Allas Sea Pools Helsinki
The Allas Sea Pools are located in the centre of the city.

Design District Helsinki

Finnish design is writ large in the city’s Design District. Whether it’s the famous design classics or a few unusual souvenirs “made in Finland”: here you will find boutiques and small shops with fashion, decoration and art as well as galleries and bars. The Design Museum with international design exhibitions is also in the neighbourhood.

Archipelago islands and Suomenlinna Fortress Island

Fortress island of Suomenlinna
The fortress island of Suomenlinna

Like many Scandinavian harbour cities, Helsinki is surrounded by an archipelago of around 300 small islands. Many of them can be reached by ferry or alternatively visited on a boat trip.

The highlight is the UNESCO World Heritage Site of Suomenlinna. The fortress island is known as “Finneburg” and was built in 1748 for the defence of Helsinki, which can be visited nowadays. It is only about 15 minutes by ferry from the market square to the island. There is a museum of military and maritime history with an original submarine as well as walking paths through the fortifications and ramparts. Additionally, there are numerous cafés and restaurants on site – the perfect destination for a day trip outside the city.

Restaurants & Food

Old Market Hall Helsinki
The Old Market Hall offers regional products and food.

If you are looking for good food in the city, the best place to go is the market square by the harbour and the Old Market Hall (Vanha kauppahalli). In addition to bistros and restaurants, you can also buy meat, eggs, cheese, vegetables, baked goods and Finnish specialities here. It’s well worth trying the various specialities on site.

The Kappeli restaurant in Esplanadi Park near the Design District is also a top tip. Located in a magnificent building with a glass chapel hall and large terrace, where various artists perform in summer. Café Fazer is a traditional coffee house known for its pastries and sweets. There is also the Flying Dutch, a beach bar on an old wooden boat moored in the river.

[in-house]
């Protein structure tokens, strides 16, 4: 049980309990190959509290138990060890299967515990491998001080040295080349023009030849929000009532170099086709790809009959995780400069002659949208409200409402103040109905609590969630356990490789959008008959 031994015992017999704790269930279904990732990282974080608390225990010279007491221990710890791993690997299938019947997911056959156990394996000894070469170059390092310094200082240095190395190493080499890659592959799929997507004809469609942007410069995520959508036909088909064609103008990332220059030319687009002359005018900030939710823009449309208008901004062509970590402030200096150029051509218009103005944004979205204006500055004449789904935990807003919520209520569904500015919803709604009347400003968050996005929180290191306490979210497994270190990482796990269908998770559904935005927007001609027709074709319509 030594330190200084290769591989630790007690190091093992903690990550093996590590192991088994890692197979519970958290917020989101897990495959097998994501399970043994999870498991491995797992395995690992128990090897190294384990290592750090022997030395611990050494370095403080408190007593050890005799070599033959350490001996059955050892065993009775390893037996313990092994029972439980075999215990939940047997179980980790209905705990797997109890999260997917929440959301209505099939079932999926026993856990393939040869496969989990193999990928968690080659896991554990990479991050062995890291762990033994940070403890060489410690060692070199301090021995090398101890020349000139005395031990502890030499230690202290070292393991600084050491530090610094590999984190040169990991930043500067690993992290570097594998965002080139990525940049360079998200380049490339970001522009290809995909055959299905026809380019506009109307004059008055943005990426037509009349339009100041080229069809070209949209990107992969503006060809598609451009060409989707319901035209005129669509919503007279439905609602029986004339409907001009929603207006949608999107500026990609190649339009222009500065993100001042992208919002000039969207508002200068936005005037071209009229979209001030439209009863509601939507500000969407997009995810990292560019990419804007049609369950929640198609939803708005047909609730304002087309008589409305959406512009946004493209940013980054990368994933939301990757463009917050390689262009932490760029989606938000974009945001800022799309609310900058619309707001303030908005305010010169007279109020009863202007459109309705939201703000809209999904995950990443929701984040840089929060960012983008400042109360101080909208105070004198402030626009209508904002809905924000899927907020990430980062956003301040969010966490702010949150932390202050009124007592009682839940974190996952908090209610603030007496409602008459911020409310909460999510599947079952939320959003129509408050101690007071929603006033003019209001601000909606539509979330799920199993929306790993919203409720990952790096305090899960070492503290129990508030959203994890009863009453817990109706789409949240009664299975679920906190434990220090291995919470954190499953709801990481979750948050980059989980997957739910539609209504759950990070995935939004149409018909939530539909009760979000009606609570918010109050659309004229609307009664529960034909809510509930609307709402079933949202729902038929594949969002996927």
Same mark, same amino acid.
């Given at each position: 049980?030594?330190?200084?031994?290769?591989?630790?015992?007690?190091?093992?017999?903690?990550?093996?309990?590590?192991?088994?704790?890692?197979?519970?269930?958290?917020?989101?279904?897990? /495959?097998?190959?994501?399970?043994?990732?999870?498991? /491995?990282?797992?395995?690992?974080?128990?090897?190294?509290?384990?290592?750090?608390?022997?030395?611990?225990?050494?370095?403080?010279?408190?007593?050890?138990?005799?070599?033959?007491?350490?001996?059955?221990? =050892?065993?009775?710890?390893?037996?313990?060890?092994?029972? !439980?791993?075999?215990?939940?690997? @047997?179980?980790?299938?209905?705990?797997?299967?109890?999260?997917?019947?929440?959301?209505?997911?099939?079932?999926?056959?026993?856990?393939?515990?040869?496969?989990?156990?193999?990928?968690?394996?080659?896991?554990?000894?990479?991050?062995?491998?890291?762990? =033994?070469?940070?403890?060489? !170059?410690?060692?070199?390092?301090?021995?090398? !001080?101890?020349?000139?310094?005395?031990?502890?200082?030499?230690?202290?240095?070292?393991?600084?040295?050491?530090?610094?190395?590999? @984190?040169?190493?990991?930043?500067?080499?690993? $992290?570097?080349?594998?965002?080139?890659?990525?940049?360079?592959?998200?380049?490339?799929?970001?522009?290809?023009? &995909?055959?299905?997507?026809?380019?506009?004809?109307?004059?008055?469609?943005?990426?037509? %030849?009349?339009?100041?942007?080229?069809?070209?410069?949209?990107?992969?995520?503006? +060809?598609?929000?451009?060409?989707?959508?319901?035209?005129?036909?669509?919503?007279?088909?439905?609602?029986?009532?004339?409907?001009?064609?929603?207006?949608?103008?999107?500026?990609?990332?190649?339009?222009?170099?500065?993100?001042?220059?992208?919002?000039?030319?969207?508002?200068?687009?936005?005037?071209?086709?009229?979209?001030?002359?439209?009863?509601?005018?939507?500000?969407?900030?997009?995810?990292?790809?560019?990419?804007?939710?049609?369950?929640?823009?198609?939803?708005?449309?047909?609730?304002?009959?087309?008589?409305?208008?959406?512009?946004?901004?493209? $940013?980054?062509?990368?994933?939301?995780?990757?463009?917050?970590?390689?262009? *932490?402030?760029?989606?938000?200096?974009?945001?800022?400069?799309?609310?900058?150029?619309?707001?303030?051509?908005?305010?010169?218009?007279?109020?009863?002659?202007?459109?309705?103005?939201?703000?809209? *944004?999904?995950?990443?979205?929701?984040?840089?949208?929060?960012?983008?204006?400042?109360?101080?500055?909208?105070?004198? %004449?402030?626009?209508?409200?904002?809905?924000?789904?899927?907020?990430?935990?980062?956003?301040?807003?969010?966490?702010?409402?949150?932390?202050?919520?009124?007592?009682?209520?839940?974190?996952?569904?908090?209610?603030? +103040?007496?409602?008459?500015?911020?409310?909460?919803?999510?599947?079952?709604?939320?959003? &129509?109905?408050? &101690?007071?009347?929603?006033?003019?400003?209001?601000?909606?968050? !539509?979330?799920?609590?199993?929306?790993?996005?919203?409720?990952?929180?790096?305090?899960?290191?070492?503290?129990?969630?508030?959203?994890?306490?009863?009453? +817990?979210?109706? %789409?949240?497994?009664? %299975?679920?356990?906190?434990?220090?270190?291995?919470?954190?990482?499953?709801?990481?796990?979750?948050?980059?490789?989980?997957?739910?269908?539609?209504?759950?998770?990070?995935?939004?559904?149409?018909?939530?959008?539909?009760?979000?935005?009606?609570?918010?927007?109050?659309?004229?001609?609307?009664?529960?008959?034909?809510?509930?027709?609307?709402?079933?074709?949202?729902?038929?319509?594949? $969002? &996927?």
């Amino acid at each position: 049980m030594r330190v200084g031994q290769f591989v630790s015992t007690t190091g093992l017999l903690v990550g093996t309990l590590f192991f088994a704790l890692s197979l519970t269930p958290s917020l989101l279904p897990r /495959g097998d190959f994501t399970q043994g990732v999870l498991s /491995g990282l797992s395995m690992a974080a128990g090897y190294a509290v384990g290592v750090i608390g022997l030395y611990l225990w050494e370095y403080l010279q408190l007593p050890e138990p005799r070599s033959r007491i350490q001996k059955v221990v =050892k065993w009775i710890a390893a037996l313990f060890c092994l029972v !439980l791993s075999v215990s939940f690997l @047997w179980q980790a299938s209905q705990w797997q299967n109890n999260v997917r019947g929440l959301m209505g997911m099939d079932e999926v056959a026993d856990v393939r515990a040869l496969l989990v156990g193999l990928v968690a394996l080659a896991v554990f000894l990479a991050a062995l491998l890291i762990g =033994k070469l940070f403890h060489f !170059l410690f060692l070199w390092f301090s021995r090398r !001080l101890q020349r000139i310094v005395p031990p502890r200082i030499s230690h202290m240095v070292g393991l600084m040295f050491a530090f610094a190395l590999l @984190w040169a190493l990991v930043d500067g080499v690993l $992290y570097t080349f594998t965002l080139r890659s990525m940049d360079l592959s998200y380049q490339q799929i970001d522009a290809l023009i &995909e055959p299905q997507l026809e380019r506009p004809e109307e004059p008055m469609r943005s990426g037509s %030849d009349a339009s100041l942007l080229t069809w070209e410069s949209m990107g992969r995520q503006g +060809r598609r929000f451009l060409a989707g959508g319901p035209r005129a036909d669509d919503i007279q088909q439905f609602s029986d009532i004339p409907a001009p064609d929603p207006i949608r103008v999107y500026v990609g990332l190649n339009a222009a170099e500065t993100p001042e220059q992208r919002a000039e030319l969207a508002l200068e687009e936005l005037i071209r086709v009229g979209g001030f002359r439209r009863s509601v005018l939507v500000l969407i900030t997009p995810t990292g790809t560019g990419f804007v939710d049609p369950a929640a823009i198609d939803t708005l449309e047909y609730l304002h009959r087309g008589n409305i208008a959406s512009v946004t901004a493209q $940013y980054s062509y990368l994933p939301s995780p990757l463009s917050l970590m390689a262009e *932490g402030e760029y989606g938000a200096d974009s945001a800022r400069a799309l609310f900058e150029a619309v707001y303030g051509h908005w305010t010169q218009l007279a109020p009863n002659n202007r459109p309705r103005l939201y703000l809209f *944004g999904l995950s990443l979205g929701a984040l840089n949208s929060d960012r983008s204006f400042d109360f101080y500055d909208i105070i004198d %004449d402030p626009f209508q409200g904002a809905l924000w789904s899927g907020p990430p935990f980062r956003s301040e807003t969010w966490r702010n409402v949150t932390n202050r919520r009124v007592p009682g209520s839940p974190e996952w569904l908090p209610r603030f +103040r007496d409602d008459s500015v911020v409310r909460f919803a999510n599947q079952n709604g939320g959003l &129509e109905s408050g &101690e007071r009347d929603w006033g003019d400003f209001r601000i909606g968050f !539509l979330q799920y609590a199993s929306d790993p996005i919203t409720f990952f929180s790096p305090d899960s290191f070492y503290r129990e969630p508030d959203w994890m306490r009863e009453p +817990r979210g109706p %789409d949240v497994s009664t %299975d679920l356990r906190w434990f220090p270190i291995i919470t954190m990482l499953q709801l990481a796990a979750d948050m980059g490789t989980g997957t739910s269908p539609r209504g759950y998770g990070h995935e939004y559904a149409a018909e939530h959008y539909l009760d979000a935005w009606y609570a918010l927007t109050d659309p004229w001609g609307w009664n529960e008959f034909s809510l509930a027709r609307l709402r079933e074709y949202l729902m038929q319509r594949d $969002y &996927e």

Looking for the right hotel in Helsinki? The best location is of course in the city centre to save on travel time. The hotels of the two well-known chains Crowne Plaza and Hilton are popular in Helsinki. If you are looking for something more affordable, you can find accommodation in the hip Kallio district, which has hotels with slightly lower prices than those in the city centre.

Travelling to Helsinki

Ferry connections

If you want to be flexible when travelling to Finland by car, you can take the ferry.

If you want to see more, there is also the Helsinki – Tallinn route. The journey only takes around two hours, which is why a short trip from Helsinki to Tallinn is even possible. A tunnel between the two capitals is currently under construction. If you want to go to Sweden, you can take the ferry from Helsinki to Stockholm.


Starting from the UK, a flight to Helsinki is of course the quickest. Various airlines fly to Helsinki from British airports: there are, for example, direct flights from London, Manchester and Edingburgh.

Helsinki-Vantaa International Airport is around 20 kilometres from the city centre, but transfers by bus or train are uncomplicated.


A cruise is recommended for all travelling enthusiasts who want to visit several destinations in Scandinavia and Northern Europe. You can either start or end in Helsinki or make a stopover here.

Weather in Helsinki and best time to visit

It is typical for Scandinavia to be a little cooler all year round. This also applies to Helsinki. If you prefer pleasant temperatures of around 20 degrees for a city trip, you should visit in the summer months between June and August.

In June and July in particular, the days are very long with a lot of light in the evenings. There is also less chance of precipitation during these months.